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], indicating symmetrical rates of growth and development about γ 1 , a characteristic of the generalized logistic curve ( Gregorczyk, 1991 ). Interannual variability in fruit mass before ripening is indicated by α 1 , where 2009 > 2007. In Eq. [2], the

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zones) of large pear canopies. Secondary objectives were to determine if timing of fabric application affected fruit growth rate, final fruit size, and quality and to characterize the effect of shade on fruit growth and production. Materials and Methods

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., 2011 ). Anthesis dates at each node of the main stem were investigated two or three times per week from 42 to 83 DAT. Flowers were selected randomly from plants in each row. To plot a fruit growth curve, 33 fruit were harvested at 78 DAT, 25 fruit were

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early stages of fruit development ( Fig. 2A ). All cultivars exhibited rapid postbloom growth. The growth curves of most of the cultivars approached the horizontal asymptote (maximum volume) between 500 and 1000 tu, depending on the model ( Fig. 2A

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sub-model was composed by considering yield components, and the latter one was composed by considering fruit growth curves. Environmental data of the greenhouse (e.g., air temperature, solar radiation) and plant growth data (e.g., leaf area index

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, Logan, UT). Light sensors were placed at 2-ft aboveground and 1.5 ft below shadecloth. The daily light integral (DLI) was then calculated from the instantaneous PPF ( Korczynski et al., 2002 ). Plant growth and fruit yield. Plant height and two

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may negatively impact tomato plant growth and fruit yield during warm seasons. High air temperatures inside HTs negatively influenced bell pepper ( Capsicum annuum ) plant growth and yield because of poor HT ventilation in the Dominican Republic ( Díaz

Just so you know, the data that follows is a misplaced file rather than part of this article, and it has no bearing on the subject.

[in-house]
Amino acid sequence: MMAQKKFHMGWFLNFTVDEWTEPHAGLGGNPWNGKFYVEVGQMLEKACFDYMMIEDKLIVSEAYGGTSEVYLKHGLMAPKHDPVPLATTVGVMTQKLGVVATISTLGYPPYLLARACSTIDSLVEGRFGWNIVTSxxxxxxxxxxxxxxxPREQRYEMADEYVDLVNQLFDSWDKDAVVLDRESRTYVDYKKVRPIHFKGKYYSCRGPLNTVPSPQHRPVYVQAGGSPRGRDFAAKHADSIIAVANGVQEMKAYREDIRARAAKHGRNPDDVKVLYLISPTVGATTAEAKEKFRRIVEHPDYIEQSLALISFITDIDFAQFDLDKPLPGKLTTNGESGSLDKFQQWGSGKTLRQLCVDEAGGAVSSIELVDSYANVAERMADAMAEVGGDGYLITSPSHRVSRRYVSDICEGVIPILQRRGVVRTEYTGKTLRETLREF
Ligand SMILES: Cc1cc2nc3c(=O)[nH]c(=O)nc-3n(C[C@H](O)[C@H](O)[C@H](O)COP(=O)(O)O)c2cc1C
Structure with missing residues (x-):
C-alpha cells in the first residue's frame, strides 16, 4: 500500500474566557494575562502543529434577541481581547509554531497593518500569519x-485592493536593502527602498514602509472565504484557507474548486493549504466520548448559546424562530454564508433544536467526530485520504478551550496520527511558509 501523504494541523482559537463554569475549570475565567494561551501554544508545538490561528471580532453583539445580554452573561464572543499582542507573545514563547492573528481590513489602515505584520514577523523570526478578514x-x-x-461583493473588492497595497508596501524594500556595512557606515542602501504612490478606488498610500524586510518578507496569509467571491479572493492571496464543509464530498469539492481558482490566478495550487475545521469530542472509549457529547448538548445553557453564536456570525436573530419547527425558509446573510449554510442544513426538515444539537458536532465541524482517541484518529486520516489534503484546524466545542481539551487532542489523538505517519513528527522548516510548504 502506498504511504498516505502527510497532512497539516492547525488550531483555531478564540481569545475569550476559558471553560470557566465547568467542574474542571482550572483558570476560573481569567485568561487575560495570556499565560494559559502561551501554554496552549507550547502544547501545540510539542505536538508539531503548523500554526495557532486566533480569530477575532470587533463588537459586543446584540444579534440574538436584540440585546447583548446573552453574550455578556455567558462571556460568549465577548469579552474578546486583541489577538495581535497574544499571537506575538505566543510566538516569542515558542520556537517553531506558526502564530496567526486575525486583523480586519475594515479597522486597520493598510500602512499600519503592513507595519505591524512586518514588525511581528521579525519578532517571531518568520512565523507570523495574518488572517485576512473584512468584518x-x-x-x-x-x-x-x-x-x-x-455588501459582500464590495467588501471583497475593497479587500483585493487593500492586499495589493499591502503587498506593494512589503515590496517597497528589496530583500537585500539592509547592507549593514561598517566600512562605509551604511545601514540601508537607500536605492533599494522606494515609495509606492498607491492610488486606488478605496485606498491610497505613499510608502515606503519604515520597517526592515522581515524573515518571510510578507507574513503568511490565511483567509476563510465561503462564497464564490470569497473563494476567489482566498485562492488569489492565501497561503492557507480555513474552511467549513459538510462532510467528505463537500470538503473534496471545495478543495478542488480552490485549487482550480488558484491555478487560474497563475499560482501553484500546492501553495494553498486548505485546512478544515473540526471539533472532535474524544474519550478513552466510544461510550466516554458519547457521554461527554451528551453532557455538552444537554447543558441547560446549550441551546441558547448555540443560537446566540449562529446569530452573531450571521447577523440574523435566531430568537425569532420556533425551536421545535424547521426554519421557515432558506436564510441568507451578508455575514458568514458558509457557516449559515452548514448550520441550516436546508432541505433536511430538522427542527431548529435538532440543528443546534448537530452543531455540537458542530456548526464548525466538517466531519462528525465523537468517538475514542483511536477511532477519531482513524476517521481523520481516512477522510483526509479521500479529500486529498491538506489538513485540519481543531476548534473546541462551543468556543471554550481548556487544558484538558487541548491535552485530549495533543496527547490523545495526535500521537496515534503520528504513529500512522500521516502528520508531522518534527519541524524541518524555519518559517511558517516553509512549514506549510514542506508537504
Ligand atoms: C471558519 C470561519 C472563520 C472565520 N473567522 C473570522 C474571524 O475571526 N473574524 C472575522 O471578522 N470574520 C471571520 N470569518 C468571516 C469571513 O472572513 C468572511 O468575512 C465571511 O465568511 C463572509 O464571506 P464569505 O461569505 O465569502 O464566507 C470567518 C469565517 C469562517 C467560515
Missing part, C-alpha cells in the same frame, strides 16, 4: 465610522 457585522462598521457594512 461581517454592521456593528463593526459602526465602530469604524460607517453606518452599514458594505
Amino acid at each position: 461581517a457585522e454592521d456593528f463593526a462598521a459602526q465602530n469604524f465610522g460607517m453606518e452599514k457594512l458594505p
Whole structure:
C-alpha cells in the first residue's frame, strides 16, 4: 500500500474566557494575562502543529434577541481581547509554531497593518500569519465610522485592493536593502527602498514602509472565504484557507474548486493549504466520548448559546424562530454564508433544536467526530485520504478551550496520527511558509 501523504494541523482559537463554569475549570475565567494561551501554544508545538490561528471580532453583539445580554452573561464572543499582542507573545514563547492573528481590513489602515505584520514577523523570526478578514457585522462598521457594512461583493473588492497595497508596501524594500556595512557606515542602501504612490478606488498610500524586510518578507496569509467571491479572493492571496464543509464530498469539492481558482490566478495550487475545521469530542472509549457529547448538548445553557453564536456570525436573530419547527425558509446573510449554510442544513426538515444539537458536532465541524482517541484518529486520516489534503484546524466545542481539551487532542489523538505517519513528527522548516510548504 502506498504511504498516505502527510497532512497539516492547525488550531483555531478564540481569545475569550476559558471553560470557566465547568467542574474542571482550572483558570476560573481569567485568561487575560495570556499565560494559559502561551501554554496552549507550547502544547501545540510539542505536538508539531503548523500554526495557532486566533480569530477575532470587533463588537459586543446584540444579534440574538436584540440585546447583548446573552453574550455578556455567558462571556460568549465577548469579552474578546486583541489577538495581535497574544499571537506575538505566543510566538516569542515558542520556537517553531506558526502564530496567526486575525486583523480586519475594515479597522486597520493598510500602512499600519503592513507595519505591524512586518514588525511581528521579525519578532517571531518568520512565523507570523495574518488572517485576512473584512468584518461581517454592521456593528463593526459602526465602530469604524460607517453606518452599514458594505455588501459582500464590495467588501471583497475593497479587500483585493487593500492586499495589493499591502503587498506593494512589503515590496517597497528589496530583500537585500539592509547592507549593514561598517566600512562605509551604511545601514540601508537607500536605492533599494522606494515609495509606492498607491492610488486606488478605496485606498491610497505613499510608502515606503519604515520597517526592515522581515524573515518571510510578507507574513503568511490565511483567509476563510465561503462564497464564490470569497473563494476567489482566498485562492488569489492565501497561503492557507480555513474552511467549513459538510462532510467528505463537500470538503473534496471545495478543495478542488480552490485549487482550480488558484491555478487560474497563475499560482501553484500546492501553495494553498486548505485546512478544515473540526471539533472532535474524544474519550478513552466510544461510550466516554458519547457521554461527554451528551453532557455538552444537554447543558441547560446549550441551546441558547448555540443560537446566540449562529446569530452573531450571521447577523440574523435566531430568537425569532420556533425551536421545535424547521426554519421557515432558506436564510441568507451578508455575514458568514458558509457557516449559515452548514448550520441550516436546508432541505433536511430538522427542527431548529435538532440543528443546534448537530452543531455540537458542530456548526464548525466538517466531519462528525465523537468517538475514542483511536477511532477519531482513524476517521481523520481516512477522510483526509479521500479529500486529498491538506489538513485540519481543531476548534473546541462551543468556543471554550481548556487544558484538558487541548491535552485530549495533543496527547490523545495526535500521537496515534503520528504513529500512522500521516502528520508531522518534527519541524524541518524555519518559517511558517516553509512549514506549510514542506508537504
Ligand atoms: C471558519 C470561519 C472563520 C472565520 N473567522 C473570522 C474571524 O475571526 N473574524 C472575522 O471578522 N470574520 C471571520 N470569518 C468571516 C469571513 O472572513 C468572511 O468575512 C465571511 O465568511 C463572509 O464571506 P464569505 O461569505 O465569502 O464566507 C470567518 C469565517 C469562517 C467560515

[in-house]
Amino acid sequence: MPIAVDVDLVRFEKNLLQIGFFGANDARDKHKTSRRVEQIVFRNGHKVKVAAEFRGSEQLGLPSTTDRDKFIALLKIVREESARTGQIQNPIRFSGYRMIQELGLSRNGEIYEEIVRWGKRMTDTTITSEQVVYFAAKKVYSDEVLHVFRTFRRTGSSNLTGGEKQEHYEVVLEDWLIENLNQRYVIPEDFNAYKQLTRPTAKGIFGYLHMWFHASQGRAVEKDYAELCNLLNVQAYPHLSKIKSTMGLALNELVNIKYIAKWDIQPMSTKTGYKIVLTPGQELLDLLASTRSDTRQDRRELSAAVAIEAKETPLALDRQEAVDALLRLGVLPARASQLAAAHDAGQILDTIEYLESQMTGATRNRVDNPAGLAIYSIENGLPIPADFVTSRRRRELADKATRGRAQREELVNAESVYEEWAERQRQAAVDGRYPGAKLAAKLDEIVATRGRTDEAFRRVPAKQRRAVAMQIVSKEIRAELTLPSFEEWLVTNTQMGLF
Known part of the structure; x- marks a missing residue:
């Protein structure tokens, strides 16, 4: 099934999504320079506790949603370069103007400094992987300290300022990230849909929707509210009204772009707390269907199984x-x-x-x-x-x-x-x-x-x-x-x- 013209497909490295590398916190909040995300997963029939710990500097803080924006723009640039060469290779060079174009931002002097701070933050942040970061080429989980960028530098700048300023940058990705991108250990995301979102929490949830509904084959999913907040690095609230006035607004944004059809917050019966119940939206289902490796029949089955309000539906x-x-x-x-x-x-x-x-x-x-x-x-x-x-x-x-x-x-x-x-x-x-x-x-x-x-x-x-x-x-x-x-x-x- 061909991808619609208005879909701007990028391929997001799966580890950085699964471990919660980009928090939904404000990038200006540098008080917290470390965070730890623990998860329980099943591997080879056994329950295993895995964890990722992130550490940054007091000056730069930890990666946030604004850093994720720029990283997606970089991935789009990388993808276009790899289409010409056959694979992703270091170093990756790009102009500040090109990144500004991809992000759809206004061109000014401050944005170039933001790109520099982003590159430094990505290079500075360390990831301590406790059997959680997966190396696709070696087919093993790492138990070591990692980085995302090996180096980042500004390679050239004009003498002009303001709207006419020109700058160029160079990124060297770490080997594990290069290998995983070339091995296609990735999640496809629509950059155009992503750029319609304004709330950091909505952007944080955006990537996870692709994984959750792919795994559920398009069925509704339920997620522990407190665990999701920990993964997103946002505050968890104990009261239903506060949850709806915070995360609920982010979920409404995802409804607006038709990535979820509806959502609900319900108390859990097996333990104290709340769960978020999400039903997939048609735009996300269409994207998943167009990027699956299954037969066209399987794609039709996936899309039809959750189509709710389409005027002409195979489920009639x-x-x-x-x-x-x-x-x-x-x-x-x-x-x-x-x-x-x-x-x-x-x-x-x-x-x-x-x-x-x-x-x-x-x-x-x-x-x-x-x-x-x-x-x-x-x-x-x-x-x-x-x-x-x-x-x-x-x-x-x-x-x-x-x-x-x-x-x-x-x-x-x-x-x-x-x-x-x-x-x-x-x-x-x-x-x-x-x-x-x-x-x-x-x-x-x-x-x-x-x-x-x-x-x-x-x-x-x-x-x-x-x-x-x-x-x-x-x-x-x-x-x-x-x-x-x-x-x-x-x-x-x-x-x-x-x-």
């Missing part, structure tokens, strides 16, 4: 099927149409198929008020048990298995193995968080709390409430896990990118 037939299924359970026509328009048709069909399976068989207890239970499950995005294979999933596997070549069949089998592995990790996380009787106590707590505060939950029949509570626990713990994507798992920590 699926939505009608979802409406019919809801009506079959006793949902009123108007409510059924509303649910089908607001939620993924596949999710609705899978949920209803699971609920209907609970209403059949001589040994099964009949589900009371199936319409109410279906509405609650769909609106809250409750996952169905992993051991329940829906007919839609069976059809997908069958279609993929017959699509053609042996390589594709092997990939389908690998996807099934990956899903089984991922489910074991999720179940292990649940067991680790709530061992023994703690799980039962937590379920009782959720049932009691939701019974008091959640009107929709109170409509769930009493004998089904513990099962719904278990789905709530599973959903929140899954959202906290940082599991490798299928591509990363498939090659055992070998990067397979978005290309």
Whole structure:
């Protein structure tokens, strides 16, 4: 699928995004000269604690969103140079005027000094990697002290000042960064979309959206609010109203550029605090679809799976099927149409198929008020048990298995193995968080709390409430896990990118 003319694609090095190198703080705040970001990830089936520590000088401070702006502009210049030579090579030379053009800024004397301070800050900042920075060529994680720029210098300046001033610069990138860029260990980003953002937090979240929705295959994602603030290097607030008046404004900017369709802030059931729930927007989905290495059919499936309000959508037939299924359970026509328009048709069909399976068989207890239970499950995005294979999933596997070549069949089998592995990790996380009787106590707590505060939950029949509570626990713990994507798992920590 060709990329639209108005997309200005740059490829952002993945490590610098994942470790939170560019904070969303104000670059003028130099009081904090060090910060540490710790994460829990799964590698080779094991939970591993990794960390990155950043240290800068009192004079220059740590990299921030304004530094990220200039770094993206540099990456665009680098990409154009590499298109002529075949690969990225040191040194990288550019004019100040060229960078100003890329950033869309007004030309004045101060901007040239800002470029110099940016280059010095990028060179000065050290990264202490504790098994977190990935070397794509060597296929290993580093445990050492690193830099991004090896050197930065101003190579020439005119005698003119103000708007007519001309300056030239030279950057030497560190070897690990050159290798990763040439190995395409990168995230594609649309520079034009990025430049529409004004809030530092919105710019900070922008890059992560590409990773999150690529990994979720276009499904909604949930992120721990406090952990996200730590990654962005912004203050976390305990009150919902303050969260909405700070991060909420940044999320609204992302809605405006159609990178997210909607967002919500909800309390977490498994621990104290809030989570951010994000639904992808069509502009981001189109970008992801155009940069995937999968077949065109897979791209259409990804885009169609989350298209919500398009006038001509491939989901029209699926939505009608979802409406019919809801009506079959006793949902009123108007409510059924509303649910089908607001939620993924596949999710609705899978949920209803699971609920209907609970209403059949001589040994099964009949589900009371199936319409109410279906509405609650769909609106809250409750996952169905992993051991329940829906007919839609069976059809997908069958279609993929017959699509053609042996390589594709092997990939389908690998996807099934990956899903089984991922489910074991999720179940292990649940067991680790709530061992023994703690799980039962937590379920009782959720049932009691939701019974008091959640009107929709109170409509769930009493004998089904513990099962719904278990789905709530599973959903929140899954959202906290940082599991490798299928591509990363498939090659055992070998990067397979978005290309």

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tree performance. Tree performance parameters included fruit yield, tree growth, yield efficiency, and leaf N concentration. Materials and Methods Study site. This study was established in Spring 2005 at the Wenatchee Valley College Auvil Teaching and

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An approach to studying fruit growth is presented for peach fruit (Prunus persica L. Batsch). It combines a functional description of growth curves, multivariate exploratory data analysis, and graphical displays. This approach is useful for comparing growth curves fitted to a parametric model, and analysis is made easier by the choice of the model whose parameters have a meaning for the biologist. Growth curves were compared using principal component analysis (PCA) adapted to the table of estimated parameters. Growth curves of 120 fruits were fitted to a model that assumes two growth phases. The first one described the pit growth and the first part of the flesh growth. The second described the second part of the flesh growth. From PCA, firstly it was seen that fruit growth varied according to cumulated growth during both growth phases and to date of maximal absolute growth. Secondly, fruit growth varied according to cumulated growth and relative growth rates during each phase. Further examples are presented where growth curves were compared for varying fruit number per shoot and leaf: fruit ratio, and for different sources of variation (tree, shoot, and fruit). Growth of individual fruit was not related to fruit number per shoot or to leaf: fruit ratio. Growth variability was especially high between fruit within shoots.

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Fruit growth (diameter) of purple passion fruit (Passiflora edulis Sims.) and maypop (P. incarnata L.) followed a sigmoidal growth curve. Passion fruit were larger than either greenhouse-grown or wild maypop fruit. Wild maypop produced larger fruit than greenhouse-grown maypop. Yellow passion fruit had the lowest percentage of pulp and the highest soluble solids concentration (SSC) and greenhouse-grown maypop had the lowest SSC among the four groups tested. Purple and yellow passion fruit had lower juice pH than maypop. Wild maypop fruit had the highest sucrose content and purple passion fruit had the lowest. Yellow and purple passion fruit juice had higher fructose and glucose contents than did maypop juice.

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